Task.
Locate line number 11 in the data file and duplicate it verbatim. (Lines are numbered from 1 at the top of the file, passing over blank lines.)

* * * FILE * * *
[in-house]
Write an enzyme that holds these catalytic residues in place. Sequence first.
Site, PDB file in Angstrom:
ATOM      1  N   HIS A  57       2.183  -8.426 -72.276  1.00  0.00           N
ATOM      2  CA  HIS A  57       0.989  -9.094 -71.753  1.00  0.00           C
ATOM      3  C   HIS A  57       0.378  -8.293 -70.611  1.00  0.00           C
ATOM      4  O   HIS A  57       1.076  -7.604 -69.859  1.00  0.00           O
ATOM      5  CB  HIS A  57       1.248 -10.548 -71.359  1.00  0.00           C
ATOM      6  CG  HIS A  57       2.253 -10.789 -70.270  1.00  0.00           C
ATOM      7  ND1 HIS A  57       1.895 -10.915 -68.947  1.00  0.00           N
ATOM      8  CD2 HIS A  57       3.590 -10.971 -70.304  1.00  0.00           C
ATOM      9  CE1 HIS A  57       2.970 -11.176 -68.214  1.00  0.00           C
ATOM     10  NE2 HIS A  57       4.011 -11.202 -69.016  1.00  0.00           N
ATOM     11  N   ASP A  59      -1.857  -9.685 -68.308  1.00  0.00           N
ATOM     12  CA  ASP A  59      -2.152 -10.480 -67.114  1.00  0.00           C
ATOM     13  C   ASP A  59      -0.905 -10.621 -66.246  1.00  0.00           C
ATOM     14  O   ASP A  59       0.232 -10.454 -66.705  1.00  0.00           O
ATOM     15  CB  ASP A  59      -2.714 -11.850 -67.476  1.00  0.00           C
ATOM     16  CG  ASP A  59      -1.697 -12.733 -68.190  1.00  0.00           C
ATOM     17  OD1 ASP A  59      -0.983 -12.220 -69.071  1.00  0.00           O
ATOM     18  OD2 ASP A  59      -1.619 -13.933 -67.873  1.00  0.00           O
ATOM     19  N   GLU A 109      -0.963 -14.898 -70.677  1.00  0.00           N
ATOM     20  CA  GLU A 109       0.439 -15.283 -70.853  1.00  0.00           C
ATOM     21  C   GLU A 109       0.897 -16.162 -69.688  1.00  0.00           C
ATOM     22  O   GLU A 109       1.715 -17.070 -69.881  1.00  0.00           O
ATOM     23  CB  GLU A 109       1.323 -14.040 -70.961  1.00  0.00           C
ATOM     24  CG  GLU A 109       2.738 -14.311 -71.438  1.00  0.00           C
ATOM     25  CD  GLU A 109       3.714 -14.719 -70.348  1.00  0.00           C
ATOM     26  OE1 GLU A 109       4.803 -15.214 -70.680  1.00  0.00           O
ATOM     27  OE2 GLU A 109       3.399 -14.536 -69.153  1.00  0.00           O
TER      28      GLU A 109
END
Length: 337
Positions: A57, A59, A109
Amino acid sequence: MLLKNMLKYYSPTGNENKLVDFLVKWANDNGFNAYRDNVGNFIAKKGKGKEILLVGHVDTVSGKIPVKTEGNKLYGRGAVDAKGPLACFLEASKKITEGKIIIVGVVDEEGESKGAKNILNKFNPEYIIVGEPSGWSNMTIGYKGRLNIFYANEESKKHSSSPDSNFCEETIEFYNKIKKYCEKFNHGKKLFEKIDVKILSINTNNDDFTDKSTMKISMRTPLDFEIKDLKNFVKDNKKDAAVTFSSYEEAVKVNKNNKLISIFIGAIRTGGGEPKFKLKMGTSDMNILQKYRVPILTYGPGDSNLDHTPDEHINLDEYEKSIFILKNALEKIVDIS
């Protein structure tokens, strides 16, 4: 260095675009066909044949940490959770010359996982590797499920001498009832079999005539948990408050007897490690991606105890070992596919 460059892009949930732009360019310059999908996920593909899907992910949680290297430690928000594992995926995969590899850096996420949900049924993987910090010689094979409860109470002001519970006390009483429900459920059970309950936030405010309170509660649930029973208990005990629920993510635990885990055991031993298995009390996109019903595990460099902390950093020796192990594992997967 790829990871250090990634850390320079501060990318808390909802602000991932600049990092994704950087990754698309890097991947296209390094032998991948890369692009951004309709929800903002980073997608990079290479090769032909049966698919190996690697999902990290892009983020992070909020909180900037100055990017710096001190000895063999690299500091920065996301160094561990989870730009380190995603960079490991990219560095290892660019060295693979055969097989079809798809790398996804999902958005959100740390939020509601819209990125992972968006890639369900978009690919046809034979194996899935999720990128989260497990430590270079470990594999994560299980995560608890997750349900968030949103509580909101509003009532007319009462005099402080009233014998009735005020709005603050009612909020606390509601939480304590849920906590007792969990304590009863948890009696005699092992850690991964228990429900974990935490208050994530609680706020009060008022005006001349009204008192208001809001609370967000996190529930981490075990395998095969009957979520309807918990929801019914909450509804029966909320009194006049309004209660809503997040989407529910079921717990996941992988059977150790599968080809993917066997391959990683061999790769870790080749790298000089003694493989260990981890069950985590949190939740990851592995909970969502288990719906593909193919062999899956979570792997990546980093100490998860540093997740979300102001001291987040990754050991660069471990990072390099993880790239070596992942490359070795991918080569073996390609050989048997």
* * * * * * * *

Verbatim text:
ATOM      8  CD2 HIS A  57       3.590 -10.971 -70.304  1.00  0.00           C